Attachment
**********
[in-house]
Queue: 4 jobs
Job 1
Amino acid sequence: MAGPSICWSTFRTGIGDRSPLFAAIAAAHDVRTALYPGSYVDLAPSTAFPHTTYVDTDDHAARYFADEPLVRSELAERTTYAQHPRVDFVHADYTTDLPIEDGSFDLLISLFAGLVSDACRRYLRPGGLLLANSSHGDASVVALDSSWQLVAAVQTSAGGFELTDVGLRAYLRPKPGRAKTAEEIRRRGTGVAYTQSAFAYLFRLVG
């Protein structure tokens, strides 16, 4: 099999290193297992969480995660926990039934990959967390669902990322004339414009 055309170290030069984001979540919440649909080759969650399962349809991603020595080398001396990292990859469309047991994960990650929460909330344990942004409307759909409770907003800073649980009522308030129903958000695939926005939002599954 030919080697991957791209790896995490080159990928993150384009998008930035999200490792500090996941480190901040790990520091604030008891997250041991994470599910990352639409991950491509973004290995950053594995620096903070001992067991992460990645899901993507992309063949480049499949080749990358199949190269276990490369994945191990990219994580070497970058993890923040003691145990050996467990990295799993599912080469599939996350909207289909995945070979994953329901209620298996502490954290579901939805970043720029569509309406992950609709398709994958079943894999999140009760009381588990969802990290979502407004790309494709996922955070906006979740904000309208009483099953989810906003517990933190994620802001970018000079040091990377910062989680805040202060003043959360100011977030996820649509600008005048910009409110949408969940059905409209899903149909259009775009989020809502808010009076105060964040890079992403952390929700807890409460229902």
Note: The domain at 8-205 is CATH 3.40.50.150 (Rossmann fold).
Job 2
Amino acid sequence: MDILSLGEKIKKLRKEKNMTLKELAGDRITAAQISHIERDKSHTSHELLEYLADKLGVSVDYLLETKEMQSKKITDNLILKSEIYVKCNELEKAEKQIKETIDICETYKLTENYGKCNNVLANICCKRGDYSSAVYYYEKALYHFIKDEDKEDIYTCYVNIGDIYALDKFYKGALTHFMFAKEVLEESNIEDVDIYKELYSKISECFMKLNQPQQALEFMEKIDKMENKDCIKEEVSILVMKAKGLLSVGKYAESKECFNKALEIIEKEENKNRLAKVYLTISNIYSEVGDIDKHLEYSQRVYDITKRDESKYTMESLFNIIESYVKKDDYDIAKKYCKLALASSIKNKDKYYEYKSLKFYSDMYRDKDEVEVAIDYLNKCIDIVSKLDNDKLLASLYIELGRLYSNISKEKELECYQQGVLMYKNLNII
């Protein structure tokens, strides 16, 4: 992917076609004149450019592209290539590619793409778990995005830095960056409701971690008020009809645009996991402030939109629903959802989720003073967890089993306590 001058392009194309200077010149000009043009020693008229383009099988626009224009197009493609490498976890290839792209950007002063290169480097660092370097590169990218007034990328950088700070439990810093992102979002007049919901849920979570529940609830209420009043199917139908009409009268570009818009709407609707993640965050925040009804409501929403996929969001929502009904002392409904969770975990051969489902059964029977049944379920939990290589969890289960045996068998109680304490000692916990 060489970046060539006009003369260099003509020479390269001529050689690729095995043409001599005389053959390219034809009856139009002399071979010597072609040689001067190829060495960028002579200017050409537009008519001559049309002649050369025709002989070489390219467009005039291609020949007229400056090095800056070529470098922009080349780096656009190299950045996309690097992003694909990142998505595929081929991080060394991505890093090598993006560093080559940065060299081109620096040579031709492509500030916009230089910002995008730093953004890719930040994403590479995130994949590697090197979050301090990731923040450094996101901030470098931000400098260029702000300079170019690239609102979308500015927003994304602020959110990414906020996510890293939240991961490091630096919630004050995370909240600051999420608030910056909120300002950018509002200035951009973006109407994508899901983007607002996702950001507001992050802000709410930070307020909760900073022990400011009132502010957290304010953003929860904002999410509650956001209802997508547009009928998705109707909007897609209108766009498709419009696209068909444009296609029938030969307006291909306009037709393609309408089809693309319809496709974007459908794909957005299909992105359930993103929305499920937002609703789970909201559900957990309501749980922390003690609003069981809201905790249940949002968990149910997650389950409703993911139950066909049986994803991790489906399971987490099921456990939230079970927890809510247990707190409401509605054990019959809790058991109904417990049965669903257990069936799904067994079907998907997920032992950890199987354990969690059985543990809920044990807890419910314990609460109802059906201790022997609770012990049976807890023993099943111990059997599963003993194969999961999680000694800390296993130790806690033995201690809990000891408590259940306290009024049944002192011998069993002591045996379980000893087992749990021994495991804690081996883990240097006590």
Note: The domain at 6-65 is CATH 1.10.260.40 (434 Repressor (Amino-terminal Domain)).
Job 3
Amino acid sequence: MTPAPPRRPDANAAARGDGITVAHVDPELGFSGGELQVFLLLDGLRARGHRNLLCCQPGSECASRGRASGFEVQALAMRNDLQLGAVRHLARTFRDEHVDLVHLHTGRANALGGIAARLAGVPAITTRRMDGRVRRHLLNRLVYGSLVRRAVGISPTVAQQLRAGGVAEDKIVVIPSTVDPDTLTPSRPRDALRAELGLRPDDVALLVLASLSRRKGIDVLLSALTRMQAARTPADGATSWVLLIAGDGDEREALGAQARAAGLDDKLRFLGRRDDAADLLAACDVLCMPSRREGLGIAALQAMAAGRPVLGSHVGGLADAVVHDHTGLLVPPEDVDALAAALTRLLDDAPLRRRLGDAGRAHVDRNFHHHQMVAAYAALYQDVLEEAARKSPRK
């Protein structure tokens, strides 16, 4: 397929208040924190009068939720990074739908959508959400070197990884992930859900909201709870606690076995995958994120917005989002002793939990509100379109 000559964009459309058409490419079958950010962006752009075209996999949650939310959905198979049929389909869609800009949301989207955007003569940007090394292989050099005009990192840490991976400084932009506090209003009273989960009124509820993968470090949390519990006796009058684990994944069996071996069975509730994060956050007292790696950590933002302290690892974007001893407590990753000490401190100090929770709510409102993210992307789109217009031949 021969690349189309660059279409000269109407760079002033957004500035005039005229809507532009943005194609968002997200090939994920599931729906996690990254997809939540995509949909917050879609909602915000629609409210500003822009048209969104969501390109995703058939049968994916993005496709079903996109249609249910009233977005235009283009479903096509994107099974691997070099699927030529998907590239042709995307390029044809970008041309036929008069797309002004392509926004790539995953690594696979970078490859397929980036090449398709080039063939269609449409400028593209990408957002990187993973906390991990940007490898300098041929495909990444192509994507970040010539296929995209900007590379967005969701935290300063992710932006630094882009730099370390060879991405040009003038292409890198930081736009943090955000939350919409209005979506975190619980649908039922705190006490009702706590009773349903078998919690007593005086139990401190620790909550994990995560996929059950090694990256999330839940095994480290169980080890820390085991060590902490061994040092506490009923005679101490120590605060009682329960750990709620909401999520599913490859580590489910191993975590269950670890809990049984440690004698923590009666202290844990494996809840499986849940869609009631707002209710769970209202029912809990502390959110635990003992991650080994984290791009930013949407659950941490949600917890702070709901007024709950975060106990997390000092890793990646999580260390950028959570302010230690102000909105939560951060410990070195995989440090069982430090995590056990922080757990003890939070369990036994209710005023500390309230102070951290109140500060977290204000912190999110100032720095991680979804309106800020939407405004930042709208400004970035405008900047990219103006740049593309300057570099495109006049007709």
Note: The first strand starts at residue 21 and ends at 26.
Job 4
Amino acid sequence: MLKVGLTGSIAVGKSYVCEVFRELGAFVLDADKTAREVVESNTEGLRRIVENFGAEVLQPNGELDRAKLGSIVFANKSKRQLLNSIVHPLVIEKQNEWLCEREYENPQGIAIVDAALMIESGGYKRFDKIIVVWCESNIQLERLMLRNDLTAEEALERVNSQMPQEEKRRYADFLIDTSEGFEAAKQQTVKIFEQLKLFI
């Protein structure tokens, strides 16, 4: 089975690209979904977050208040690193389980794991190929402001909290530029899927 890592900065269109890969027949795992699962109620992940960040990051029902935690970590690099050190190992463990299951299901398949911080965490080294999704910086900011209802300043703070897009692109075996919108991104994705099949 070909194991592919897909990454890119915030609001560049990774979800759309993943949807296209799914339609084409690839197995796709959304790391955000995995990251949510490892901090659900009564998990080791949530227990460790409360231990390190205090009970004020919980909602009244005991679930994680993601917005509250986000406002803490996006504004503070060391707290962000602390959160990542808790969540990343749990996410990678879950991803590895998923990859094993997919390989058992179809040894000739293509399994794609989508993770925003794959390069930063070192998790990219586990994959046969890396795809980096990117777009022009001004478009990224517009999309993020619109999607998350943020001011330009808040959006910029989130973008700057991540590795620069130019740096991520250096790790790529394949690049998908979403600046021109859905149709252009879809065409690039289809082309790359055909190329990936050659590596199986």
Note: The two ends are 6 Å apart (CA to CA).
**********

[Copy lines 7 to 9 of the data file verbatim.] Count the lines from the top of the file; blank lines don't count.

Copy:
Job 2
Amino acid sequence: MDILSLGEKIKKLRKEKNMTLKELAGDRITAAQISHIERDKSHTSHELLEYLADKLGVSVDYLLETKEMQSKKITDNLILKSEIYVKCNELEKAEKQIKETIDICETYKLTENYGKCNNVLANICCKRGDYSSAVYYYEKALYHFIKDEDKEDIYTCYVNIGDIYALDKFYKGALTHFMFAKEVLEESNIEDVDIYKELYSKISECFMKLNQPQQALEFMEKIDKMENKDCIKEEVSILVMKAKGLLSVGKYAESKECFNKALEIIEKEENKNRLAKVYLTISNIYSEVGDIDKHLEYSQRVYDITKRDESKYTMESLFNIIESYVKKDDYDIAKKYCKLALASSIKNKDKYYEYKSLKFYSDMYRDKDEVEVAIDYLNKCIDIVSKLDNDKLLASLYIELGRLYSNISKEKELECYQQGVLMYKNLNII
């Protein structure tokens, strides 16, 4: 992917076609004149450019592209290539590619793409778990995005830095960056409701971690008020009809645009996991402030939109629903959802989720003073967890089993306590 001058392009194309200077010149000009043009020693008229383009099988626009224009197009493609490498976890290839792209950007002063290169480097660092370097590169990218007034990328950088700070439990810093992102979002007049919901849920979570529940609830209420009043199917139908009409009268570009818009709407609707993640965050925040009804409501929403996929969001929502009904002392409904969770975990051969489902059964029977049944379920939990290589969890289960045996068998109680304490000692916990 060489970046060539006009003369260099003509020479390269001529050689690729095995043409001599005389053959390219034809009856139009002399071979010597072609040689001067190829060495960028002579200017050409537009008519001559049309002649050369025709002989070489390219467009005039291609020949007229400056090095800056070529470098922009080349780096656009190299950045996309690097992003694909990142998505595929081929991080060394991505890093090598993006560093080559940065060299081109620096040579031709492509500030916009230089910002995008730093953004890719930040994403590479995130994949590697090197979050301090990731923040450094996101901030470098931000400098260029702000300079170019690239609102979308500015927003994304602020959110990414906020996510890293939240991961490091630096919630004050995370909240600051999420608030910056909120300002950018509002200035951009973006109407994508899901983007607002996702950001507001992050802000709410930070307020909760900073022990400011009132502010957290304010953003929860904002999410509650956001209802997508547009009928998705109707909007897609209108766009498709419009696209068909444009296609029938030969307006291909306009037709393609309408089809693309319809496709974007459908794909957005299909992105359930993103929305499920937002609703789970909201559900957990309501749980922390003690609003069981809201905790249940949002968990149910997650389950409703993911139950066909049986994803991790489906399971987490099921456990939230079970927890809510247990707190409401509605054990019959809790058991109904417990049965669903257990069936799904067994079907998907997920032992950890199987354990969690059985543990809920044990807890419910314990609460109802059906201790022997609770012990049976807890023993099943111990059997599963003993194969999961999680000694800390296993130790806690033995201690809990000891408590259940306290009024049944002192011998069993002591045996379980000893087992749990021994495991804690081996883990240097006590």